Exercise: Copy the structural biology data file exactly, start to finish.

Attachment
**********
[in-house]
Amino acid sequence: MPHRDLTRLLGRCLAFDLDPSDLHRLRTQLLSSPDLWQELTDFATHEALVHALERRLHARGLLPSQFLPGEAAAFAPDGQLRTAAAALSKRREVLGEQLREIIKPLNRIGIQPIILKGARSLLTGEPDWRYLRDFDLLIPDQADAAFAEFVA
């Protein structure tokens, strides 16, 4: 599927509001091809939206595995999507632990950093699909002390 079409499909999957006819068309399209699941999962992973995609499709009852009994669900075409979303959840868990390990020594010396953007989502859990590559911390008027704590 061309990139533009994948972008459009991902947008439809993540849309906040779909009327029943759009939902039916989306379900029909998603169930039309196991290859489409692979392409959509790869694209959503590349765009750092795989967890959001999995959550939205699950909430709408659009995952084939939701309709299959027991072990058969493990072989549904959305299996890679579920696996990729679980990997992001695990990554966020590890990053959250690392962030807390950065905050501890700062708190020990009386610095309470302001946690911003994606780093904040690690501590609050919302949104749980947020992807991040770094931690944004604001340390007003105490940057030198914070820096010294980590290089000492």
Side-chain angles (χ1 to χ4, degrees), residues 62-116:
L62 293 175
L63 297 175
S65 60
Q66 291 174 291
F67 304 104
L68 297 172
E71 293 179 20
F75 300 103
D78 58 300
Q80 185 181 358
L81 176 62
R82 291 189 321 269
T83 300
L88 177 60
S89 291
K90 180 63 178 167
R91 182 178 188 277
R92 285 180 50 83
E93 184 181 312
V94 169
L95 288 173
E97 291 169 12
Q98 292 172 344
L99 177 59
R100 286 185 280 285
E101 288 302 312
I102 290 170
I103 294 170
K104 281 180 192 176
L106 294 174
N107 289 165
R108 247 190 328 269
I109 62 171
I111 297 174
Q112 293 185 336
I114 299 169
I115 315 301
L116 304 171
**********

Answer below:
[in-house]
Amino acid sequence: MPHRDLTRLLGRCLAFDLDPSDLHRLRTQLLSSPDLWQELTDFATHEALVHALERRLHARGLLPSQFLPGEAAAFAPDGQLRTAAAALSKRREVLGEQLREIIKPLNRIGIQPIILKGARSLLTGEPDWRYLRDFDLLIPDQADAAFAEFVA
């Protein structure tokens, strides 16, 4: 599927509001091809939206595995999507632990950093699909002390 079409499909999957006819068309399209699941999962992973995609499709009852009994669900075409979303959840868990390990020594010396953007989502859990590559911390008027704590 061309990139533009994948972008459009991902947008439809993540849309906040779909009327029943759009939902039916989306379900029909998603169930039309196991290859489409692979392409959509790869694209959503590349765009750092795989967890959001999995959550939205699950909430709408659009995952084939939701309709299959027991072990058969493990072989549904959305299996890679579920696996990729679980990997992001695990990554966020590890990053959250690392962030807390950065905050501890700062708190020990009386610095309470302001946690911003994606780093904040690690501590609050919302949104749980947020992807991040770094931690944004604001340390007003105490940057030198914070820096010294980590290089000492």
Side-chain angles (χ1 to χ4, degrees), residues 62-116:
L62 293 175
L63 297 175
S65 60
Q66 291 174 291
F67 304 104
L68 297 172
E71 293 179 20
F75 300 103
D78 58 300
Q80 185 181 358
L81 176 62
R82 291 189 321 269
T83 300
L88 177 60
S89 291
K90 180 63 178 167
R91 182 178 188 277
R92 285 180 50 83
E93 184 181 312
V94 169
L95 288 173
E97 291 169 12
Q98 292 172 344
L99 177 59
R100 286 185 280 285
E101 288 302 312
I102 290 170
I103 294 170
K104 281 180 192 176
L106 294 174
N107 289 165
R108 247 190 328 269
I109 62 171
I111 297 174
Q112 293 185 336
I114 299 169
I115 315 301
L116 304 171